Living the Dream: A Retrospective of the MIT Blackjack Team

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Image via Flickr by acaben

If you saw the movie “21,” you know it’s based on the true story of MIT’s legendary group of card-counting blackjack players. Like all “true story” films, many of the events in the movie version were added as plot devices, but several of the scenes actually happened. Here’s the real story of the MIT players.

Counting Cards

The MIT blackjack team was made up of a group of math whizzes who realized that they could beat the house at blackjack if they could find a way to accurately count cards. Card counting, which refers to keeping track of which cards have been played and which cards remain in the shoe, is not technically illegal. It is, however, considered cheating, an activity that gets players banned from the casinos. So the challenge for the MIT team was to find a way to accurately count cards and discreetly signal the actual players when to bet big.

How They Did It

Bill Kaplan, the Harvard Business School graduate and legendary blackjack champion, recruited players from MIT for his intensive blackjack training program. Training consisted of learning how to count eight-deck shoes with near-perfect play. Members could be spotters (card counters) or big bettors at the blackjack tables, so the team also had to learn a constantly changing set of code words that signaled when high cards were coming up, how “hot” the cards were so the player could bet appropriately, and when the shoe was played out and the bettor should move to another table.
A three-member team played at a table: a spotter, a controller, and a big bettor. The spotter counted cards, and the controller consistently placed small bets, wasting money and verifying the spotter’s card count. When the controller verified a positive card, he signaled the big bettor, who would place a huge bet and win big. This team approach gave the MIT players a two to four percent edge over the house.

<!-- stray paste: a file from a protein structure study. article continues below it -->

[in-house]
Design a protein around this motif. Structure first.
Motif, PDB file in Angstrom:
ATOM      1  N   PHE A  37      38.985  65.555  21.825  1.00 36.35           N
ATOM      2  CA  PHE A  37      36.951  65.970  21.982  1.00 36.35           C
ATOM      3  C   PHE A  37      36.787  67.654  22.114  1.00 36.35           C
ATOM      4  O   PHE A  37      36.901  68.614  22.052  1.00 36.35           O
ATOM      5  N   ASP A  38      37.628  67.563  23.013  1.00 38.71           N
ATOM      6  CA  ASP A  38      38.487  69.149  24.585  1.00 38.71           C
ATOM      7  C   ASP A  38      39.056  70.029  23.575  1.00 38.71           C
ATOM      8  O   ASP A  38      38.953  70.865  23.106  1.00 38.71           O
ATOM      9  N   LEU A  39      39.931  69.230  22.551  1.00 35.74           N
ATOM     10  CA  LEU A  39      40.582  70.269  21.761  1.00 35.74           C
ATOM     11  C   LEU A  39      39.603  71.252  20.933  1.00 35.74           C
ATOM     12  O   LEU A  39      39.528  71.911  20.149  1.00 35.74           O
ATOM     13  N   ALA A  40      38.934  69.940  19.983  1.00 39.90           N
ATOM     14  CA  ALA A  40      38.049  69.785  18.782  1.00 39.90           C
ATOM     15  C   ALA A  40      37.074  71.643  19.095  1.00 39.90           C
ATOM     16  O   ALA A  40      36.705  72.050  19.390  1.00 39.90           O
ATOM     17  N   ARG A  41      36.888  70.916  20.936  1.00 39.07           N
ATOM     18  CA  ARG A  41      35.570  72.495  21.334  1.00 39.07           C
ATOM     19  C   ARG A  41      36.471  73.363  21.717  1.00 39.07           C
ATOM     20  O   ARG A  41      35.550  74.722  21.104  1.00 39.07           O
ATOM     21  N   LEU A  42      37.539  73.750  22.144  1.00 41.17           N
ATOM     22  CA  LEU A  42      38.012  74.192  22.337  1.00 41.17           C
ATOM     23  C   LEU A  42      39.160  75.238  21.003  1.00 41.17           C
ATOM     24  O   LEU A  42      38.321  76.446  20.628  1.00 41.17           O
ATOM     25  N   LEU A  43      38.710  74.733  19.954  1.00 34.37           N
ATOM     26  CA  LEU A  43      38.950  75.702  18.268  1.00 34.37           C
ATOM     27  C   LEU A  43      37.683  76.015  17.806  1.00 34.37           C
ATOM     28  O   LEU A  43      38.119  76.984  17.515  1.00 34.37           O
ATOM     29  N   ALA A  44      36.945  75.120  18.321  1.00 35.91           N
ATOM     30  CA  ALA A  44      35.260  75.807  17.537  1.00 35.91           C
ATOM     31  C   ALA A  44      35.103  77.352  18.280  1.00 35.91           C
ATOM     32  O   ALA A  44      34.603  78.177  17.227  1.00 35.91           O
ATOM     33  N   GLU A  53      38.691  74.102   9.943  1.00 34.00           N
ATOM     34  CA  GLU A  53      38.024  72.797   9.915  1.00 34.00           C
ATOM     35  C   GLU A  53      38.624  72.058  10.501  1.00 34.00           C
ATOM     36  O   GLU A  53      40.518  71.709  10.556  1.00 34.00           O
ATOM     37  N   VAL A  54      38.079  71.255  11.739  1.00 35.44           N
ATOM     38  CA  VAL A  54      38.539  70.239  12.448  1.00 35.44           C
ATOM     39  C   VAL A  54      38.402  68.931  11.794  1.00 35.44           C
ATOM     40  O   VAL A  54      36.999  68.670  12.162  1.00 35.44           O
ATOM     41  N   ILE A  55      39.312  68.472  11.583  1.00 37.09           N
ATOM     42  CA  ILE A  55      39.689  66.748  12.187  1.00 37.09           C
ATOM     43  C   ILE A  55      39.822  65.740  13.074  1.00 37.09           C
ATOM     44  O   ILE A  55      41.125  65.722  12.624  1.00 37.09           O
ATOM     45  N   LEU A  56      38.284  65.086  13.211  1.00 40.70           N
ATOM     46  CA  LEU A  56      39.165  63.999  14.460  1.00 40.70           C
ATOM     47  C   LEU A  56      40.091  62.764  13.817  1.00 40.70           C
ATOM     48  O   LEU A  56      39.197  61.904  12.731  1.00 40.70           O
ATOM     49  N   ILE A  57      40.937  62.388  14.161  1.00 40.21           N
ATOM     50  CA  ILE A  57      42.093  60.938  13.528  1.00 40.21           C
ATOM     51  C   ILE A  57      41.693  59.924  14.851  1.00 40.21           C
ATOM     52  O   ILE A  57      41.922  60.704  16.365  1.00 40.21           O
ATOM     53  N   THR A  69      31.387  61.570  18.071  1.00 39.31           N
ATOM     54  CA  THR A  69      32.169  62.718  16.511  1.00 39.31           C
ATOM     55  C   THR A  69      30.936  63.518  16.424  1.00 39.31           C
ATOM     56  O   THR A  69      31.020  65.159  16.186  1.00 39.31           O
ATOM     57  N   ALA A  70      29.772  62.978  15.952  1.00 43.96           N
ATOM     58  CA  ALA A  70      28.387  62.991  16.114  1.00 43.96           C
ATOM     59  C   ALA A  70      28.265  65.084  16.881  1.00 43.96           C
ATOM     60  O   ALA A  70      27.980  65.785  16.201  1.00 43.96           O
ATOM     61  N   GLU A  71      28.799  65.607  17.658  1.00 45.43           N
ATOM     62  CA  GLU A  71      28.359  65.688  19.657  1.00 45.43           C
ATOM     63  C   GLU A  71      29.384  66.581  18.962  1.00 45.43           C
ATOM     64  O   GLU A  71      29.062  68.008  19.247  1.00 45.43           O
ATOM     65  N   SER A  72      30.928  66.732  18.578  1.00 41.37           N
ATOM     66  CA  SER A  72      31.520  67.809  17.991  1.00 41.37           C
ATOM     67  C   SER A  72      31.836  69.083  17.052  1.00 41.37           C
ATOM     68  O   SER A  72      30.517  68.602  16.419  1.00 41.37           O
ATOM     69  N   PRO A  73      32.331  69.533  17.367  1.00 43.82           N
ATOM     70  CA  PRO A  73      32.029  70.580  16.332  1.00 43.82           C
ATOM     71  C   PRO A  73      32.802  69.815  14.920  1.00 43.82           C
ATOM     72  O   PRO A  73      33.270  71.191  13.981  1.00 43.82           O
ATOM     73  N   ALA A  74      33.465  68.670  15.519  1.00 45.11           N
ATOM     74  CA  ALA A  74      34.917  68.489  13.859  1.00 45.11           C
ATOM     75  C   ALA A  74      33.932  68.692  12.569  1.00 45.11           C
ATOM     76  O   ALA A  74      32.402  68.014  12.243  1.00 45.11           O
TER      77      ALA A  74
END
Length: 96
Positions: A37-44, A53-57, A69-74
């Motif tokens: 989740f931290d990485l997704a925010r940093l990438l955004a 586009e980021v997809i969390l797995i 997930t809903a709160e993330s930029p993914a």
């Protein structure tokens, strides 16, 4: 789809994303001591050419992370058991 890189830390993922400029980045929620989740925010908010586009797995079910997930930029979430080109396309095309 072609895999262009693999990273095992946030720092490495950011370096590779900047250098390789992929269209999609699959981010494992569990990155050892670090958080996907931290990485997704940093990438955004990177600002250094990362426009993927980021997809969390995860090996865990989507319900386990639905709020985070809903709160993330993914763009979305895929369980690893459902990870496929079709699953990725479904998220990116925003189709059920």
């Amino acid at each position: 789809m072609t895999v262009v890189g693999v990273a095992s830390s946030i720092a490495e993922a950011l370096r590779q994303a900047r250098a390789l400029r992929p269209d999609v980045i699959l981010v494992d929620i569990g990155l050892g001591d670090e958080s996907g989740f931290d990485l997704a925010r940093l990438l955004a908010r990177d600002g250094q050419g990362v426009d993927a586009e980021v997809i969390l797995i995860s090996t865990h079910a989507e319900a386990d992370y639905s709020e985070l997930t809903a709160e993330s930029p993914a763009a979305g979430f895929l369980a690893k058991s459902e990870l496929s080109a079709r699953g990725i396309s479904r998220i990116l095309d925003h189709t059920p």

How Successful Were They?

Kaplan ran the team like a business, and his first investor offering yielded an $89,000 stake. In his “prospectus” to investors, he expected players to win $170 per hour of play, which would be split equally between the player and investor. After his first 10 week run, players averaged about $165 per hour of play, which worked out to $80 per hour for the players and a return on investment of over 250 percent.

Throughout the 80s and 90s, the team, which at some points numbered 80 players, won millions and millions of dollars for its members and investors, with earnings often exceeding $400,000 on a single Vegas trip.

Where Are They Now?

Of the team members portrayed in the film, Jeff Ma went on to start a number of successful tech startups. Jane Willis studied law, and is a partner at the prestigious Boston firm Ropes & Gray. Mike Aponte won the 2004 Blackjack World Series, and then founded the Blackjack Institute. John Chang is still playing blackjack, although he has to remain heavily disguised in Vegas. Bill Kaplan, the man who started it all, retired from blackjack and founded a successful email marketing company.

Although these players won big with card counting, there are plenty of other ways to increase your earnings at the casino. Do you have a favorite game to win big on? Leave a comment below.

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